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City's Terminus Scheme Thrown Out Iy/ITHOUT calling for evidence on

10th September 1948
Page 29
Page 29, 10th September 1948 — City's Terminus Scheme Thrown Out Iy/ITHOUT calling for evidence on
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Which of the following most accurately describes the problem?

IT behalf of the opposition, the Yorkshire Licensing Authority refused, last week, to sanction York Corporation's proposal to transfer the York termini of two bus undertakings. Major F. S. Eastwood, chairman. strongly criticized the scheme.

The corporation sought to move to Leeman Road the termini of the York Pullman Bus Co. (operating from Exhibition Square, York, to Easingwold, Aldwark, Helperby and Lintonon-Ouse), and Messrs. Reliance Motor Services (running from St. Leonard's, York, to Helmsley).

In presenting the corporation's case, Mr. S. M. Wontner-Smith said the city council considered that the existing arrangements were unsatisfactory. In evidence, Mr. C. J. Minter, York city engineer, said that the Leeman Road. terminus would be only a temporary arrangement until a new bus station for he city was erected in the vicinity.

In cross-examination, Mr. Minter agreed that the proposed route to Leeman Road would take the buses through "by far the busiest part of York." He also agreed that at one point, in High Petergate, it would be impossible for a bus to pass a stationary car without mounting the pavement.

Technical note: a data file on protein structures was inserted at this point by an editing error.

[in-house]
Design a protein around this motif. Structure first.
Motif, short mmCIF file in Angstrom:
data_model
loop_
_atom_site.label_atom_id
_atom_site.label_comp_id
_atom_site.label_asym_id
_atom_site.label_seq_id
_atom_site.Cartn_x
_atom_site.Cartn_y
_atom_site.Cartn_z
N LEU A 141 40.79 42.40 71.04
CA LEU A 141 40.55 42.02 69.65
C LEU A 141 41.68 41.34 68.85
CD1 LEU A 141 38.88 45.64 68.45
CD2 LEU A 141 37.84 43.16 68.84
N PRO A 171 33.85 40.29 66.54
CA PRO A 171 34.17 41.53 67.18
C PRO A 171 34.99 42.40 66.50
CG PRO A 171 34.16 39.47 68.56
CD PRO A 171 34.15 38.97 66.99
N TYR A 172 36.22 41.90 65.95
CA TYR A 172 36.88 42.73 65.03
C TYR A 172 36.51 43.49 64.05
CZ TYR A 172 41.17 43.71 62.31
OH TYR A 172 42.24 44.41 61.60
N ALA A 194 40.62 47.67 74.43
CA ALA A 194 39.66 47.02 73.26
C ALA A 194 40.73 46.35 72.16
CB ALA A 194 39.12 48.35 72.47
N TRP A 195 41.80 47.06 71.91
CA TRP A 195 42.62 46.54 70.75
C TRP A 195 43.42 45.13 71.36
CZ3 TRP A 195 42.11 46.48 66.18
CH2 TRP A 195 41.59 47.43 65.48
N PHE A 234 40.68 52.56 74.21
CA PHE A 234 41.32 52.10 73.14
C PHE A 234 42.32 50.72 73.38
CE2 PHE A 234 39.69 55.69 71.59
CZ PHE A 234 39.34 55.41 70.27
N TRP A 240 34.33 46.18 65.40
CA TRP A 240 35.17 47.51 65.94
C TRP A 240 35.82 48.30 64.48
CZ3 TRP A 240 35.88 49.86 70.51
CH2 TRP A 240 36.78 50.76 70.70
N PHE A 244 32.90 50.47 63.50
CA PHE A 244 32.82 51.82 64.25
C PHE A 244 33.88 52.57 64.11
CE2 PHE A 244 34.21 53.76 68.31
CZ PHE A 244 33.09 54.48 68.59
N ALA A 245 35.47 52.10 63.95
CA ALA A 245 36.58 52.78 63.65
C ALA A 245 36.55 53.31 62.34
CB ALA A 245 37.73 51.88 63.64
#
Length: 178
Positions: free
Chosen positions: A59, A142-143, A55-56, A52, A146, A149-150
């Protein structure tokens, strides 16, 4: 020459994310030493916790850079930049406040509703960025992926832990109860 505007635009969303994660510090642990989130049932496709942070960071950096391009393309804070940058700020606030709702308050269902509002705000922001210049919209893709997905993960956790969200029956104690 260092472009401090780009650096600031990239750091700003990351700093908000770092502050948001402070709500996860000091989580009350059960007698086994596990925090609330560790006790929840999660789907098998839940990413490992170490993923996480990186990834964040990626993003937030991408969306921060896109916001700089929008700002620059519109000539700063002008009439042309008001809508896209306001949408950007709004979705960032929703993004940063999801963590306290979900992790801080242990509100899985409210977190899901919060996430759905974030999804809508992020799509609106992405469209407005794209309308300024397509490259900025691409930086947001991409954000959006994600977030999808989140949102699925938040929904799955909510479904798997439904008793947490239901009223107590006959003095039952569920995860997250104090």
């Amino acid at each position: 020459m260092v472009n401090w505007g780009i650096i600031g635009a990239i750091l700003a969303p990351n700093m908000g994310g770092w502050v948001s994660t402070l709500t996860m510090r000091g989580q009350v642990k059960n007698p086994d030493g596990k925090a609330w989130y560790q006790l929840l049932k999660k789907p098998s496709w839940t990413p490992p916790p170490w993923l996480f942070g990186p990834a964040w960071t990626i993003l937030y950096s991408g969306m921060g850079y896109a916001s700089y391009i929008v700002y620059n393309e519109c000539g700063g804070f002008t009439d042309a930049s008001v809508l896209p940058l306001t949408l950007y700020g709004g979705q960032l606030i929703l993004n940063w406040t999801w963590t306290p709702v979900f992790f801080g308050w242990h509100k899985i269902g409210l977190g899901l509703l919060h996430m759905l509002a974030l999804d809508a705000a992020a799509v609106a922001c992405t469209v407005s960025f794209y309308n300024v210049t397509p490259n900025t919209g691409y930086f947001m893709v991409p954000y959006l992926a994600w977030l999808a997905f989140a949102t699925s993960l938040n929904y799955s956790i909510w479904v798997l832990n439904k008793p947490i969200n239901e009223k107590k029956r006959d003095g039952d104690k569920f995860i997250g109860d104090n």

Mr. J. Evans, cross-examining for Messrs. Reliance Motor Services, stated that the extra distance to Leeman Road would involve the Reliance services alone in an additional 7,500 miles per year.

When Mr. Minter suggested that the projected city biis station might be completed in two years, Major Eastwood replied: "It can't be done."

After further evidence for the corporation had been given, Mr. Evans and Mr. H. R. B. Shepherd (for the York Pullman Bus Co.) submitted that the corporation's evidence was so far from justifying the proposals that no evidence in rebuttal was required.

Stating that he and his colleagues accepted this subinission, Major Eastwood said they felt that the municipal authorities had formulated the scheme without giving sufficient thought to the problems involved. They had not even discussed it with the bus operators concerned, and no regard appeared to have been paid to economy of bus operation or to the convenience of the public.

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